• GrreatTeacher

    I'm one of the least emotional persons on the planet, but I do feel emotion when you write, Terry.

    Photos are so quotidian now. It's hard to explain to younger people how much time and patience and expectation went into carefully curating 27 photos that you couldn't see until the big reveal many weeks later.

    Finally getting that stack of photos was so exciting, all the moreso because of The Big Wait.

  • Terry

    So true, Living today in an "instant" world, anticipation is unthinkable and consequently we value things less than otherwise.
    If I wanted something as a kid, I had to earn the money first. That could take a long time. For instance, I wanted a set of weights for exercise. It took me half a year of
    going door to door (foreshadowing my Witness work :) ) to earn enough to buy the barbells and dumbells. The day they arrived was ecstasy.
    Thanks to Amazon, a wait of two days seems like an abuse of customer service.

    Our values are firmly connected to the temporal experience.
    DEATH is so final, inexorable, and incomprehensible - it is devastating.
    The phone doesn't ring ...ever again...with the beloved voice on the other side.

    As I age (more and more) my thoughts return to people I've known and loved who are gone irrevocably. A little bit of them stays with me. With words, I preserve them like that dinosaur DNA inside the dragonfly in amber in Jurassic Park.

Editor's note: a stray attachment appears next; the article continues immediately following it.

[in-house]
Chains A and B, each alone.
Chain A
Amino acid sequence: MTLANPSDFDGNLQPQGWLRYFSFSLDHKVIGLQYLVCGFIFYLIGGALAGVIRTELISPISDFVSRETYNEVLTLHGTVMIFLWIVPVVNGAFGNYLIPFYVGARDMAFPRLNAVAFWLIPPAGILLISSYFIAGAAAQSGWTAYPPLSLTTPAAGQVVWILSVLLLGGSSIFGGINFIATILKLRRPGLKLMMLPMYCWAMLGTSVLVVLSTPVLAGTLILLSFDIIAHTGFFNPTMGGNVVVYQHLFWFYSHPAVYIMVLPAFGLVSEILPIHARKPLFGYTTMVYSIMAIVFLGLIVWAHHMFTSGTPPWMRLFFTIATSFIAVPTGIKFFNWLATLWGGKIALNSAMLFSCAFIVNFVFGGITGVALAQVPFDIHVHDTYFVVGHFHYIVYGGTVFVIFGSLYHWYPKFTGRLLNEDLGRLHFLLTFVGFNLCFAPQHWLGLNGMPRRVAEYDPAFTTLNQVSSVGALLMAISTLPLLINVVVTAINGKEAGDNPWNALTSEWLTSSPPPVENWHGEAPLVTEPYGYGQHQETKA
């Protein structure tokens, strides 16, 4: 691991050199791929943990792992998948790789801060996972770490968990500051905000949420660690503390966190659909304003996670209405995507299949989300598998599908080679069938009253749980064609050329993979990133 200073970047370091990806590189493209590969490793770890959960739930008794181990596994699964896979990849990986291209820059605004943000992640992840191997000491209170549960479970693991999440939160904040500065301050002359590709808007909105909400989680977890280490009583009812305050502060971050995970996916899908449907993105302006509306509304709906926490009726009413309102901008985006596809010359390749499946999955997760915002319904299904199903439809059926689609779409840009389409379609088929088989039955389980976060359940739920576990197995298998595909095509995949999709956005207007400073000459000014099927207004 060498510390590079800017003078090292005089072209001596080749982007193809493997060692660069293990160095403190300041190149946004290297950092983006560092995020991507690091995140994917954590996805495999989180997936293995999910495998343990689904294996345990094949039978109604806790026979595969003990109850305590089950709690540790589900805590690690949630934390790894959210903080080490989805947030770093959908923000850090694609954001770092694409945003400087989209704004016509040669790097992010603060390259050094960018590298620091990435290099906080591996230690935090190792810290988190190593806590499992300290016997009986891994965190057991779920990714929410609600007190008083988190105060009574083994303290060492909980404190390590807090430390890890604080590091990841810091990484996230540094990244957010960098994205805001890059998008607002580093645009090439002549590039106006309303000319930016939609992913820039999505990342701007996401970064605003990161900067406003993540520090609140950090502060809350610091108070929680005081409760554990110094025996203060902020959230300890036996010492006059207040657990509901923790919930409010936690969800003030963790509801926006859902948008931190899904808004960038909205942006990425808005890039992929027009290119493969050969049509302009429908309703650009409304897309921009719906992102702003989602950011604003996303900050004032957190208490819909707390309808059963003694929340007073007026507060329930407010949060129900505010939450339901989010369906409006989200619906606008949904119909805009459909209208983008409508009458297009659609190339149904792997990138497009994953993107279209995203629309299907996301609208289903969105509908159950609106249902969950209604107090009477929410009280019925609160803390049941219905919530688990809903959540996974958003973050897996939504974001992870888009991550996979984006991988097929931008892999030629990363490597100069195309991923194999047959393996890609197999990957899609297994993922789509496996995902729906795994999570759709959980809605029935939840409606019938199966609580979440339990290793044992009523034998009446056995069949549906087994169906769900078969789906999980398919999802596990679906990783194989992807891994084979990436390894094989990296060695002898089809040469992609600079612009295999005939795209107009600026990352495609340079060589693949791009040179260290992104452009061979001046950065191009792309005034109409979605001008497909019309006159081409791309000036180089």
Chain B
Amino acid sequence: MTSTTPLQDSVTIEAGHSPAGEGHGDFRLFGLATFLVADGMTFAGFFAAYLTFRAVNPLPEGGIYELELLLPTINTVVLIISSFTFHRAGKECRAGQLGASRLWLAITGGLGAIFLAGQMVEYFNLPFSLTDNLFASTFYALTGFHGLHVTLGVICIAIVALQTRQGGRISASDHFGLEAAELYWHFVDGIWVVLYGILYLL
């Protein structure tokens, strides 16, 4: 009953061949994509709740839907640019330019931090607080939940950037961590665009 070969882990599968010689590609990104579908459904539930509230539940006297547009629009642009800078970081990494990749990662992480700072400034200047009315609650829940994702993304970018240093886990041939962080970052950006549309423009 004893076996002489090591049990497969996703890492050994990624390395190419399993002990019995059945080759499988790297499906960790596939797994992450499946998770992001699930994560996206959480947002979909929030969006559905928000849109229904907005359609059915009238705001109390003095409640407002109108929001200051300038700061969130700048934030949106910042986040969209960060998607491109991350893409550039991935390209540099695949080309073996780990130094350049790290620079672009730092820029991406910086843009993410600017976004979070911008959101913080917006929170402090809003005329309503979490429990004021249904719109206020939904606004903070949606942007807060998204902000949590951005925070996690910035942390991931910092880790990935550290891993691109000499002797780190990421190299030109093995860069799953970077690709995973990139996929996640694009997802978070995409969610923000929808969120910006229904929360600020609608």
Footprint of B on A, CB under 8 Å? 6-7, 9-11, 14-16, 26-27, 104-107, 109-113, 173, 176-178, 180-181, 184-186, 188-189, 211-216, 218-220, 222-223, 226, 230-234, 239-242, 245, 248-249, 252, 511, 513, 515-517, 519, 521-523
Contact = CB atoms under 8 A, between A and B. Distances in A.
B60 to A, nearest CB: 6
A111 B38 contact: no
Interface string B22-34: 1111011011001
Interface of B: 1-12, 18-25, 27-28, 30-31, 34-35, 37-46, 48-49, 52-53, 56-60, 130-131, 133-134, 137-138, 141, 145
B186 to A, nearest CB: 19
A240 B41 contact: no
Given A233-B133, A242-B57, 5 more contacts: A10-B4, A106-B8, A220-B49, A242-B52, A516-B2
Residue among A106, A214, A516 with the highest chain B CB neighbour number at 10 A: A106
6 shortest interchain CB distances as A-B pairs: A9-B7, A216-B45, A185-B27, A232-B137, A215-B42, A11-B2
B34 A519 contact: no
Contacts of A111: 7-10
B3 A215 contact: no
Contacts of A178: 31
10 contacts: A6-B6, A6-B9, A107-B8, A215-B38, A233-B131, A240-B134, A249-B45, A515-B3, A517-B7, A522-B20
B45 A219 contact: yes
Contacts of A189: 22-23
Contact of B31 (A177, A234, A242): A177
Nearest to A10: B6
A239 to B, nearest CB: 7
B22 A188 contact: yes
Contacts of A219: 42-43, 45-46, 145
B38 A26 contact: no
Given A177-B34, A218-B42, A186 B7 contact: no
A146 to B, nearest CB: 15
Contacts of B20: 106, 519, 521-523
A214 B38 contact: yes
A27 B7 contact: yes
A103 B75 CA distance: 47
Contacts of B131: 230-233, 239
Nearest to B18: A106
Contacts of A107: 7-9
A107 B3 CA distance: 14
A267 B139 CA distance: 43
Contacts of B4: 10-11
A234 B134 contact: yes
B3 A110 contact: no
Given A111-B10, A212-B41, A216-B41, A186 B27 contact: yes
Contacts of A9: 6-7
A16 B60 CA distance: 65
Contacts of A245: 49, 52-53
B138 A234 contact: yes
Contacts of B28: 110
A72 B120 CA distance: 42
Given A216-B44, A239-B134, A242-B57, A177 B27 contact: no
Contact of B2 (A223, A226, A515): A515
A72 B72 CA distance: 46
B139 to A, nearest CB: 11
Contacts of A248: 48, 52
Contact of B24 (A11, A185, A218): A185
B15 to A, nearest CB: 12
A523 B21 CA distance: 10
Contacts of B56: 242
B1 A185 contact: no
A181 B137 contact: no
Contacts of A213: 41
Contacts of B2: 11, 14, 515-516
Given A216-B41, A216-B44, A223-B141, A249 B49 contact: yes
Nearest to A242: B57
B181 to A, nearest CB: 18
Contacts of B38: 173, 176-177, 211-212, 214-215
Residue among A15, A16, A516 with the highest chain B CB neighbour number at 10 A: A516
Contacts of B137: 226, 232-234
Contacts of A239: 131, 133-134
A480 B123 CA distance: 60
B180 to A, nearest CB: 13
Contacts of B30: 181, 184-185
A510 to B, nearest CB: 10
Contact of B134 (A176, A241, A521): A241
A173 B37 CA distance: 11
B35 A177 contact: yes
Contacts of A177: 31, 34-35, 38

• Diogenesister

    Terry I read the story to me husband (and I burst into tears) we've been married 25 years and I didn't know he had his own Cheryl Ann Draper. A beautiful, clever, five year old girl who was run over - she was in my husband's first class at school. The result of an incestuous marriage her parents had four children...3 disabled ("simple" as it was termed) and one not. Perfect, beautiful, and "very clever" Mary Frost, who was run over by a drunk driver.

    My husband says he thinks of her often. But he doesn't have a photo.

  • Terry

    After my wife died I raised our three small kids by myself, moving back from California to Texas.
    One day, we all drove onto a parking lot as another car was heading out to the street; a beautiful lady with three children in her car.
    Spontaneously we slowed a bit and locked eyes and each of us smiled...perhaps wanting the other person to say something. But - we did not speak.
    Both of us drove away in opposite directions.
    Obviously, by me telling you this, I've never forgotten.
    Five seconds in a long long life - but it is still there.
    The human heart is mysterious about what it holds dear and how it never lets go of
    anything containing the promise of a better life and happiness.

Share this